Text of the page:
Argument: No Child Left Behind offers choice to leave failing schools
- Debate: No Child Left Behind Act
- Resolved: That on balance, the No Child Left Behind Act of 2001 has improved academic achievement in the United States
"Fact Sheet on the Major Provisions of the Conference Report to H.R. 1, the No Child Left Behind Act". United States Department of Education - Expanding Options for Parents of Children from Disadvantaged Backgrounds
H.R. 1 creates meaningful options for parents whose children are trapped in failing schools and makes these options available immediately:
- Public School Choice: Parents with children in failing schools would be allowed to transfer their child to a better-performing public or charter school immediately after a school is identified as failing.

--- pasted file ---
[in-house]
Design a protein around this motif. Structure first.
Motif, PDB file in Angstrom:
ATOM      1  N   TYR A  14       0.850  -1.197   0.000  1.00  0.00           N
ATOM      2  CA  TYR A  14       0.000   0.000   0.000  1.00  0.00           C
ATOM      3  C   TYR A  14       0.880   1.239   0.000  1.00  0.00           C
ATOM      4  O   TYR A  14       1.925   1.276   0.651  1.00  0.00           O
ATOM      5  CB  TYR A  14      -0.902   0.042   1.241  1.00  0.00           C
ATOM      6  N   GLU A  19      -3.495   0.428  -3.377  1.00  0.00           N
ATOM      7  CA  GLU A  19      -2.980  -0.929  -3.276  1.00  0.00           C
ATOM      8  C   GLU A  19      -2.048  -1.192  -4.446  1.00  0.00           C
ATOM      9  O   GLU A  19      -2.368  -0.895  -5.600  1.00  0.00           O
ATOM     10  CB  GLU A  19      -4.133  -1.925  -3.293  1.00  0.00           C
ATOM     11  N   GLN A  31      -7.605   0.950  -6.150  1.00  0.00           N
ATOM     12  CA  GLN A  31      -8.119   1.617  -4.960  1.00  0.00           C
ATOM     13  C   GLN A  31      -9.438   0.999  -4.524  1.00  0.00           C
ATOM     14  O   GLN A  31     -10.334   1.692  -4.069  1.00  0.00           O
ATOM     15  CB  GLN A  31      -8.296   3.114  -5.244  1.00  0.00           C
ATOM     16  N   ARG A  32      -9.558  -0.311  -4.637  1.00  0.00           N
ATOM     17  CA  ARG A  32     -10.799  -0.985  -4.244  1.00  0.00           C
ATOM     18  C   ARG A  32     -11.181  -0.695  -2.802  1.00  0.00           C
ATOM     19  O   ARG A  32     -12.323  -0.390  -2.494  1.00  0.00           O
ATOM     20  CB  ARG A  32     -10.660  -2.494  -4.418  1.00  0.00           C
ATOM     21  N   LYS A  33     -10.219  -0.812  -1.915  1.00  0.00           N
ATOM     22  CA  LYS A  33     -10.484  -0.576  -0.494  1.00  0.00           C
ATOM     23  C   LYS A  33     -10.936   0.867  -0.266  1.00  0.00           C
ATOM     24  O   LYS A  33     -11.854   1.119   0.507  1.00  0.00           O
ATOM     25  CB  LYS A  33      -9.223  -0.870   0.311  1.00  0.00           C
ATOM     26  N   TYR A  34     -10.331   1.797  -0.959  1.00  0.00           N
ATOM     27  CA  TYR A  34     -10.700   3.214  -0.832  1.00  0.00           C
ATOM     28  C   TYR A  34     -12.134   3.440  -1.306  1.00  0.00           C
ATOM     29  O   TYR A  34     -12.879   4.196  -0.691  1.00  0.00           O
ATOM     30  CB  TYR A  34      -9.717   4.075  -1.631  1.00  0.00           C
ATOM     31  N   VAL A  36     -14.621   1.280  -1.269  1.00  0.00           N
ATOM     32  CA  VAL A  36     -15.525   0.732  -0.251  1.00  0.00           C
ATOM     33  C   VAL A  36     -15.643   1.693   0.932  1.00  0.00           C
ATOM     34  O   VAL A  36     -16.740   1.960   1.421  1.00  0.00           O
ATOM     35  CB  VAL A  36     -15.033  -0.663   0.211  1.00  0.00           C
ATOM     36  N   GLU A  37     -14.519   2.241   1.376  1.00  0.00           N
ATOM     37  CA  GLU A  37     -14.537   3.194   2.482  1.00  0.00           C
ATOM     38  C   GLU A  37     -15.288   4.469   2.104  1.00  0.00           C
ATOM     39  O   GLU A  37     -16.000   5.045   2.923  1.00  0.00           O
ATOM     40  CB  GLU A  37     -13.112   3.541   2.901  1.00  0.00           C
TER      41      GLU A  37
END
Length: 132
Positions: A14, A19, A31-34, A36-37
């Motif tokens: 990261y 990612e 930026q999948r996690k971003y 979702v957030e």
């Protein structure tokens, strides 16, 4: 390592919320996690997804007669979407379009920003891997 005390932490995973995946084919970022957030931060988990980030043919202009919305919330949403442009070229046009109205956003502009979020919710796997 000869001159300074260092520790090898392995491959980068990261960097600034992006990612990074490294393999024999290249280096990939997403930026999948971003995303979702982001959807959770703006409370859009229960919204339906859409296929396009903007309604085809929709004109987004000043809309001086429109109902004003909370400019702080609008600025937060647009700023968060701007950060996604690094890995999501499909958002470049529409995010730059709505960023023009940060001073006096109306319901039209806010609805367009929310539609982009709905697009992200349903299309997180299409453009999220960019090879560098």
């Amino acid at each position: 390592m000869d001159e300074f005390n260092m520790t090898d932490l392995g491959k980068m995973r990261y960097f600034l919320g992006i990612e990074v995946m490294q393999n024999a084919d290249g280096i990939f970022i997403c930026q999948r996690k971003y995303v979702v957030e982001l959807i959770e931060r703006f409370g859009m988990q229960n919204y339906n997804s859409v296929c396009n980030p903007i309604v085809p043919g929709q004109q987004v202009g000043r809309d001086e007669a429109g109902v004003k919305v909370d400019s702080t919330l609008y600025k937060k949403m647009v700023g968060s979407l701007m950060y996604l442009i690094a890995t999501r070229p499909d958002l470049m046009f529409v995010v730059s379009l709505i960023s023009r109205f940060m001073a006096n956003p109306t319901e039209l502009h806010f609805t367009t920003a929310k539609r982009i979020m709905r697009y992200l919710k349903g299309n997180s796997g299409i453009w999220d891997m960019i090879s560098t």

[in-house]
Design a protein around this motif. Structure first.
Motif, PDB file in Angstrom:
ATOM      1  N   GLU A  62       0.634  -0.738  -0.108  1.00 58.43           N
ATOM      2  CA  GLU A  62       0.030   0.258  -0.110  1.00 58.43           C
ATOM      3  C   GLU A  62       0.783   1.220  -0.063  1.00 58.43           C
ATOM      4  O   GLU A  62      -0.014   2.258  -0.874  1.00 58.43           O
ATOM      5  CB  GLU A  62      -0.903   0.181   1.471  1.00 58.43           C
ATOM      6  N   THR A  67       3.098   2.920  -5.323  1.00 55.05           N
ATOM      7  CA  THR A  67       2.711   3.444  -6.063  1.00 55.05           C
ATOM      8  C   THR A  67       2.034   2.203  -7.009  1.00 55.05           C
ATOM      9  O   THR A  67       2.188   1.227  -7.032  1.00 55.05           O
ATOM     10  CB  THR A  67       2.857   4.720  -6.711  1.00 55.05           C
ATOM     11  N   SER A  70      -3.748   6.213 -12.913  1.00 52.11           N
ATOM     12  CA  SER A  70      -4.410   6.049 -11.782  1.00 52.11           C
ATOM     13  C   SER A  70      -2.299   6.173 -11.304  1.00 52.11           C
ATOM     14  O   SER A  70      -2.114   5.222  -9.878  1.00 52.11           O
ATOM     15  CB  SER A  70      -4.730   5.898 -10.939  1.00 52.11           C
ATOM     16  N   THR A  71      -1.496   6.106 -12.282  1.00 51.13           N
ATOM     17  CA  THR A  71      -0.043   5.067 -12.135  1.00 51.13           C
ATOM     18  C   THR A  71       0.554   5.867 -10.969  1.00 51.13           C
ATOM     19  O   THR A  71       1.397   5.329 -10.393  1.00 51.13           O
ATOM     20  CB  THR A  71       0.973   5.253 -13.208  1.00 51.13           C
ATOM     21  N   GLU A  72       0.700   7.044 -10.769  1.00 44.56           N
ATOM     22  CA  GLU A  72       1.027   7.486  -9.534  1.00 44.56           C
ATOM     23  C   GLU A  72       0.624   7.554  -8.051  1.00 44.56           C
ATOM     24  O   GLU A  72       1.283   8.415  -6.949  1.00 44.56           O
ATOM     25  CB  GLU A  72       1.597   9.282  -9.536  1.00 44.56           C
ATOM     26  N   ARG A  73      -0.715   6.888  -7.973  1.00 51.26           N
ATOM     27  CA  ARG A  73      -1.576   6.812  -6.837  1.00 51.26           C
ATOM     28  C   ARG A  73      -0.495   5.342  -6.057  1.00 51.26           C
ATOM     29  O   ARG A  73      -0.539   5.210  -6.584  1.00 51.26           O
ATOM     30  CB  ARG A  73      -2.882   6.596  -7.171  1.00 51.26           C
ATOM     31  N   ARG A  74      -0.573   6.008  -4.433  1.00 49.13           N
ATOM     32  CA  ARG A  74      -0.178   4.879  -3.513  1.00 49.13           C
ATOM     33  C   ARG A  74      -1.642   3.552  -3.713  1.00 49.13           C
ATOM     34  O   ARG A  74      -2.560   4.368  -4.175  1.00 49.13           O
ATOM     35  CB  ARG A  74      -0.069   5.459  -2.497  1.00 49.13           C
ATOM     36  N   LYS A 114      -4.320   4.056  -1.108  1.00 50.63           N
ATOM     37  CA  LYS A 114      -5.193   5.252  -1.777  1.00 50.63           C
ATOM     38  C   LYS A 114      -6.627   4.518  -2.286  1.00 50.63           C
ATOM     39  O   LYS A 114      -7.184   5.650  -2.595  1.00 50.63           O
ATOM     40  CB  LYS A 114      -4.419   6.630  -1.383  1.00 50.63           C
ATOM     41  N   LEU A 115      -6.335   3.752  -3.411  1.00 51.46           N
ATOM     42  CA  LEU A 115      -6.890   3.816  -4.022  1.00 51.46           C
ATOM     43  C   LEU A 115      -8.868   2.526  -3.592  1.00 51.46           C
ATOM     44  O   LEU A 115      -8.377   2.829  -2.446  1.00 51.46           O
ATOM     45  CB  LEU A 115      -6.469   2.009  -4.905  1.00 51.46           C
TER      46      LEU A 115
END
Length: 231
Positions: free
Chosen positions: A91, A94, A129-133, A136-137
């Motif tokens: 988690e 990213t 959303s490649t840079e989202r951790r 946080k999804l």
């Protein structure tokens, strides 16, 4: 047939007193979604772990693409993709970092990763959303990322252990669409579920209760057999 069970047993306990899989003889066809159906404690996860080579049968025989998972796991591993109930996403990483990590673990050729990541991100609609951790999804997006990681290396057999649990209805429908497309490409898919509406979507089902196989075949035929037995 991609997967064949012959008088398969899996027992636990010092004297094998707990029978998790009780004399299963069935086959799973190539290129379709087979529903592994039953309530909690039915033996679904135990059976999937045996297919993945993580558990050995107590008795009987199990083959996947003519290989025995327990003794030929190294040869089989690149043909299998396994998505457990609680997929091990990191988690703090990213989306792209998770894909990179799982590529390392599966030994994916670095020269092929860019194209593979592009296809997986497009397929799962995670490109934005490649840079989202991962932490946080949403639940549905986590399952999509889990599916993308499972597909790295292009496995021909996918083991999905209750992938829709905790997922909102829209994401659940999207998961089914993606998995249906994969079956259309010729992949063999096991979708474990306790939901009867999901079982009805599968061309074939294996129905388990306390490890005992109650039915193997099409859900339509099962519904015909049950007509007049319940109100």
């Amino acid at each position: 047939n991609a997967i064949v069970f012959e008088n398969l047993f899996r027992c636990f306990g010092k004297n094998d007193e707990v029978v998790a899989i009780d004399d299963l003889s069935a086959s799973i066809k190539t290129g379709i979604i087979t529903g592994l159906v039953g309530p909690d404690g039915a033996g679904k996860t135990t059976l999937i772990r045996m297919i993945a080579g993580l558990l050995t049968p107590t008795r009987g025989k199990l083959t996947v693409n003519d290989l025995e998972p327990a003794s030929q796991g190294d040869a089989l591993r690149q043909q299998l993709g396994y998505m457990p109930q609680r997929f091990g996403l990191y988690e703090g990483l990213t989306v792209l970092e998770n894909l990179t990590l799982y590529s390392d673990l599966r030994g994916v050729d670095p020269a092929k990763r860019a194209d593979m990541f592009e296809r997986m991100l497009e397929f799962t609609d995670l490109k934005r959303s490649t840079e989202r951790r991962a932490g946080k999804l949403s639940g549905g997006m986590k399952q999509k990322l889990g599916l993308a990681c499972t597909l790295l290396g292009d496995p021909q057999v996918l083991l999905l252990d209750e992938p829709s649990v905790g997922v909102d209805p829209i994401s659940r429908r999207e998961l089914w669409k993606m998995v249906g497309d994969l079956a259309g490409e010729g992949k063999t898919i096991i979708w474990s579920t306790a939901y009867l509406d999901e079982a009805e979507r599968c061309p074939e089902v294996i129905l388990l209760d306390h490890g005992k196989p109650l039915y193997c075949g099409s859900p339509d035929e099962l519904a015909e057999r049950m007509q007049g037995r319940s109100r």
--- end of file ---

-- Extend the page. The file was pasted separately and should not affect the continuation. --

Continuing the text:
- Supplemental Services: Federal Title I funds (approximately $500 to $1,000 per child) can be used to provide supplemental educational services - including tutoring, after school services, and summer school programs - for children in failing schools.
- Charter Schools: H.R. 1 expands federal support for charter schools by giving parents, educators and interested community leaders greater opportunities to create new charter schools.